George Gladir, R.I.P.
George Gladir died last night. Obits will note him as one of the most prolific comic book writers of all time and quote staggering, hard-to-fathom estimates of how many pages he wrote just for the Archie line. I don't know what number they'll say but it'll probably be true…or too low. George wrote an awful lot of Archie. They will also note that he was the co-creator of Sabrina the Teen-Aged Witch — also true — and a major contributor to Cracked magazine over the years. True as well.
Here's what else I can tell you about him: He was born in 1925. He got into cartooning as a teenager and worked in 1943 for the Eisner-Iger Studio with Will Eisner, mainly as a letterer and errand boy. He graduated from the New York School of Visual Arts and set his focus on gag cartooning — single-panel drawings for magazines. He did it with much success through the fifties when, as he put it, "the market simply went away on me." By then though, it was a sideline.
Just when he started writing for Archie is hard to nail down. The way he told it, he was given the opportunity to submit cover gags for the Archie line of comics, did that, then segued to writing the insides and never left. He was probably still writing stories for them earlier this week. When did he commence? Historians have spotted what appear to be Gladir scripts as early as 1944. If it wasn't then, it was a year or two after…and then the flow only stopped once for a brief time. He did manage to dash off the occasional script while serving overseas in the Korean War but even George couldn't dash off a Jughead adventure during the time he was a Prisoner-of-War. When he was freed though, he resumed.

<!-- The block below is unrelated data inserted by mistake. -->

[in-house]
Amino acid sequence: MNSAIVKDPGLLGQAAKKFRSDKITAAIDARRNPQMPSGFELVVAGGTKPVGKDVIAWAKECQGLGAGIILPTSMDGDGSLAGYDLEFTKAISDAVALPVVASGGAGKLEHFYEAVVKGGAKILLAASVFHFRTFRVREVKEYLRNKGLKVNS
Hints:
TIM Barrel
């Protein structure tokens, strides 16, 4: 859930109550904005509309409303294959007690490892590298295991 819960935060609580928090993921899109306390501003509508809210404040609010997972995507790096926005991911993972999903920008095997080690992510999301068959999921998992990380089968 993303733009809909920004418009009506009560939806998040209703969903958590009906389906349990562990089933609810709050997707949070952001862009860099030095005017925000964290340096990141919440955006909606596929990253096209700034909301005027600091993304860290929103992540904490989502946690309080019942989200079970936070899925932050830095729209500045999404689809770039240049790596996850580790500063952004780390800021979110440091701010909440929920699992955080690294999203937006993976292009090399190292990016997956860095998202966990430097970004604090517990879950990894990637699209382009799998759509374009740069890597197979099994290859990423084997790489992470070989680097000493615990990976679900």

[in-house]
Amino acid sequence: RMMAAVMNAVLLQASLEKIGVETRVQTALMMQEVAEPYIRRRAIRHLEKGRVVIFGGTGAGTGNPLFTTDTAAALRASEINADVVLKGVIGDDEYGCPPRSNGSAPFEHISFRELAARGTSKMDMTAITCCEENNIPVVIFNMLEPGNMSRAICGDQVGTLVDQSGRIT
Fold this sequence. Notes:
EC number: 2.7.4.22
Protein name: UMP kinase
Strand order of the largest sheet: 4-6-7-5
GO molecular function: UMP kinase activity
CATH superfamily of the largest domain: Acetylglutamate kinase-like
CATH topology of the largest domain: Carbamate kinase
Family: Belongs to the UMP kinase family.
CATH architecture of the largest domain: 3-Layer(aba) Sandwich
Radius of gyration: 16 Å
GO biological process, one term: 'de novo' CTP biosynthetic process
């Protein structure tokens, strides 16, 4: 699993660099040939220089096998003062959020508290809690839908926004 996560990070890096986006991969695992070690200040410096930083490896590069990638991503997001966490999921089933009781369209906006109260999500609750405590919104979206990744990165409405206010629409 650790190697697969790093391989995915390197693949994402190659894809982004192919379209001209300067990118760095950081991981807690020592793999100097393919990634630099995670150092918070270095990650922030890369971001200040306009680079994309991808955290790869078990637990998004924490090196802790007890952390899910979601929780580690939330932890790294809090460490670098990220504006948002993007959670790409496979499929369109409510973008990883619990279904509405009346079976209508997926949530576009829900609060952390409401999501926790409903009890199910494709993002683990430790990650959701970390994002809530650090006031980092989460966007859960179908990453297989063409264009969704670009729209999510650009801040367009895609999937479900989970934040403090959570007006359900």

Even when they had no credits, you could generally spot a George Gladir script. They were a little wackier, a little sillier, a little more human in their humor. And oh, yes — they were usually fresher than the ones crafted by younger writers. George never got around to getting stale on the job. For his amazing, too-often-uncredited work, we presented him in 2007 with the Bill Finger Award for Excellence in Comic Book Writing. It was one of those picks that made everyone nod in agreement.
George was a delightful man. The longest time I got to spend with him was one year when he was signing comics (Sabrina, mostly) at the L.A. Times Book Festival up at U.C.L.A. It was about a million degrees — Fahrenheit — but George kept a cheery manner, sounding nothing like a man his age. You could talk with him about Archie comics but he had witty, incisive things to say about every subject and I liked him a lot. So did his friend Batton Lash, who has written this lovely remembrance of the man. I agree with every word of it, especially the parts about missing George.